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PLoS One. 2014 Feb 28;9(2):e90694. doi: 10.1371/journal.pone.0090694. eCollection 2014.

Differential stability of the crystallographic interfaces of mu- and kappa-opioid receptors.

Author information

1
Department of Structural and Chemical Biology, Icahn School of Medicine at Mount Sinai, New York, New York, United States of America.

Abstract

The recent mu-opioid receptor (MOPr) and kappa-opioid receptor (KOPr) crystal structures have inspired hypotheses of physiologically relevant dimerization contacts, specifically: a closely packed interface involving transmembrane (TM) helices TM5 and TM6, and a less compact interface, involving TM1, TM2, and helix 8 (H8). While the former was only found in MOPr crystals, similar arrangements of the latter were identified for both KOPr and MOPr. The relevance of these interfaces outside of a crystal lattice is called into question by the possibility that they might be influenced by the specific crystallization conditions. In this study, we have employed umbrella sampling molecular dynamics simulations of coarse-grained representations of the interacting MOPr or KOPr crystallographic structures, in the absence of the T4 lysozyme, and in an explicit lipid-water environment, to determine the strength of receptor dimerization at the different crystallographic interfaces. We note that the shape of the interface plays a dominant role in the strength of the interaction, and the pattern of contacting residues defines the shape of the potential of mean force. This information can be used to guide experiments aimed at exploring the role of dimerization in opioid receptor function.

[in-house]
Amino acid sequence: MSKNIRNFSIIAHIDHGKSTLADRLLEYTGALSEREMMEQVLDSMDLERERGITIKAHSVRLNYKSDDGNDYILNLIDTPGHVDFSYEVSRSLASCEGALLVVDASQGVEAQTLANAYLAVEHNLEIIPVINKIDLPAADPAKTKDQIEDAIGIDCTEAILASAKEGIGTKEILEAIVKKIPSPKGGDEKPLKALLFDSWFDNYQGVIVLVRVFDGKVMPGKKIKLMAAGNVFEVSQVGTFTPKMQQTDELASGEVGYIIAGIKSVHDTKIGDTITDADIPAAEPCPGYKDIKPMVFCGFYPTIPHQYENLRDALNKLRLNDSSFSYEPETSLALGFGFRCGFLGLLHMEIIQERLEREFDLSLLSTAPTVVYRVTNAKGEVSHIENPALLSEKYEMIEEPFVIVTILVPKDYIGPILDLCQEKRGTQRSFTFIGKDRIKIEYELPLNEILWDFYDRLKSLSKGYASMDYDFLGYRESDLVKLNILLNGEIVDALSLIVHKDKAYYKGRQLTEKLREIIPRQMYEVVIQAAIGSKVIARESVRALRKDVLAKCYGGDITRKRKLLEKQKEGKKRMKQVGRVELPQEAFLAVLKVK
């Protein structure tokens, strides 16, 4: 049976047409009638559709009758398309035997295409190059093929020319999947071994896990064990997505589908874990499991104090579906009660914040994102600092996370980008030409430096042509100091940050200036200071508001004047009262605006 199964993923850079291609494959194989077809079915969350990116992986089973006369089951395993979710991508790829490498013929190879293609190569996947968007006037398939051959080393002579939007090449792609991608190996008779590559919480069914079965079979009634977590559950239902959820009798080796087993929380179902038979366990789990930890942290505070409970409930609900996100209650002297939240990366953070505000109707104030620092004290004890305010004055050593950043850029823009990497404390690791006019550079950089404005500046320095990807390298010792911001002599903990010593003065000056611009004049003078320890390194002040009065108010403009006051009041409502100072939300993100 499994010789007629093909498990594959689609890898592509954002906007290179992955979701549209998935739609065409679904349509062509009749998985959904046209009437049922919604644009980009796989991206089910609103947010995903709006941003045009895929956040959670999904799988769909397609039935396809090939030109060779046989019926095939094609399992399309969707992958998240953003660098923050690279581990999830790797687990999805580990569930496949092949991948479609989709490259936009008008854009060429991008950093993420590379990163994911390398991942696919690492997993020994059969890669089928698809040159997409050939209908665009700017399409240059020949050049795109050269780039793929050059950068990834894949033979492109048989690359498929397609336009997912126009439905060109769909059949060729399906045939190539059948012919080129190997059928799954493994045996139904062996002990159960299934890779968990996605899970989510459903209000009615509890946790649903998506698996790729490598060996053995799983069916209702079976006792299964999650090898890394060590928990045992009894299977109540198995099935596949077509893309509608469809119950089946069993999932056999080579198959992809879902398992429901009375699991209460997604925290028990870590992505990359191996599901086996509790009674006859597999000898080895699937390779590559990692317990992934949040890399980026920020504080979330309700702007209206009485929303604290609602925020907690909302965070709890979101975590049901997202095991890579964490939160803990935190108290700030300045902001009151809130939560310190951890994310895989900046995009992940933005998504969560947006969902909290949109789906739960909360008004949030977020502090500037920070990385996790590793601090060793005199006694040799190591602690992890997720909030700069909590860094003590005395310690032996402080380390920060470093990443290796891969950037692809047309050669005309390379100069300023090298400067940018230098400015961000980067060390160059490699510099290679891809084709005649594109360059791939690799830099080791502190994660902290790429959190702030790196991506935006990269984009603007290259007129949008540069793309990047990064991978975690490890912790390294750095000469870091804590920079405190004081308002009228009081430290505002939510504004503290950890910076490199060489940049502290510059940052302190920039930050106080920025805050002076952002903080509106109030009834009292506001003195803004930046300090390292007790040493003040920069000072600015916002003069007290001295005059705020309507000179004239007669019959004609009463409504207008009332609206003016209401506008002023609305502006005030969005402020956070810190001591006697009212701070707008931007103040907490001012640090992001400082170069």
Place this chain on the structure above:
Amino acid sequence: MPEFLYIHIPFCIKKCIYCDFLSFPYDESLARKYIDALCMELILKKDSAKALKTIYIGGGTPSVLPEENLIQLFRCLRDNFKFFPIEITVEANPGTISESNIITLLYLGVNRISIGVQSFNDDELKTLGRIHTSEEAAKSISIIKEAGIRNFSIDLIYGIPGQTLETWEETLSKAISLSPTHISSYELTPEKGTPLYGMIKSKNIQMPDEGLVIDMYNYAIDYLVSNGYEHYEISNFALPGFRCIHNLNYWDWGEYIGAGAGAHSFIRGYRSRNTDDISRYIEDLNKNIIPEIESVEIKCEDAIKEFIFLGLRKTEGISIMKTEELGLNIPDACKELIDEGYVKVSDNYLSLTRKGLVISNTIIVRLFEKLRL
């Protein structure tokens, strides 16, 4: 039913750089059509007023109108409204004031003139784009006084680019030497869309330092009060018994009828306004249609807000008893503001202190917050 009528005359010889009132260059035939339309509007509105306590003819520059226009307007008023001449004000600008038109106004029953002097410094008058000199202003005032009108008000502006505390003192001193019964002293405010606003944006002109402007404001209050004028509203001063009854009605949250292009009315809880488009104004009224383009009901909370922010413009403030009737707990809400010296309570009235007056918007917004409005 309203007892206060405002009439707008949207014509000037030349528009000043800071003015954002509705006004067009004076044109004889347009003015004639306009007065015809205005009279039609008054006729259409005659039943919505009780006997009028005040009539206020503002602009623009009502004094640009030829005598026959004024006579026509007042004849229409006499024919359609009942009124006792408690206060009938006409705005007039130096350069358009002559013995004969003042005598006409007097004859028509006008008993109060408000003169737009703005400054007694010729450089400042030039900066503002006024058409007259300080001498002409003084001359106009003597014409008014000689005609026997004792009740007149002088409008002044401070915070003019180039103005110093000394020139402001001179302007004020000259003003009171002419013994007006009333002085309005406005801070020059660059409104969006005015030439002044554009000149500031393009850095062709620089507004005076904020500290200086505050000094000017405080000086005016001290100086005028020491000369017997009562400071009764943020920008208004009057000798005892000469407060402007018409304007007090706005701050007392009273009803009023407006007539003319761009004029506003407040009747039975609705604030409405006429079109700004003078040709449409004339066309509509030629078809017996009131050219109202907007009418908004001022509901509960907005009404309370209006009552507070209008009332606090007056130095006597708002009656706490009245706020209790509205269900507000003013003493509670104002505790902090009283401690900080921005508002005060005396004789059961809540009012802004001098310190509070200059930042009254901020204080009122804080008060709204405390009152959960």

PMID:
24651466
PMCID:
PMC3944890
DOI:
10.1371/journal.pone.0090694
[Indexed for MEDLINE]
Free PMC Article

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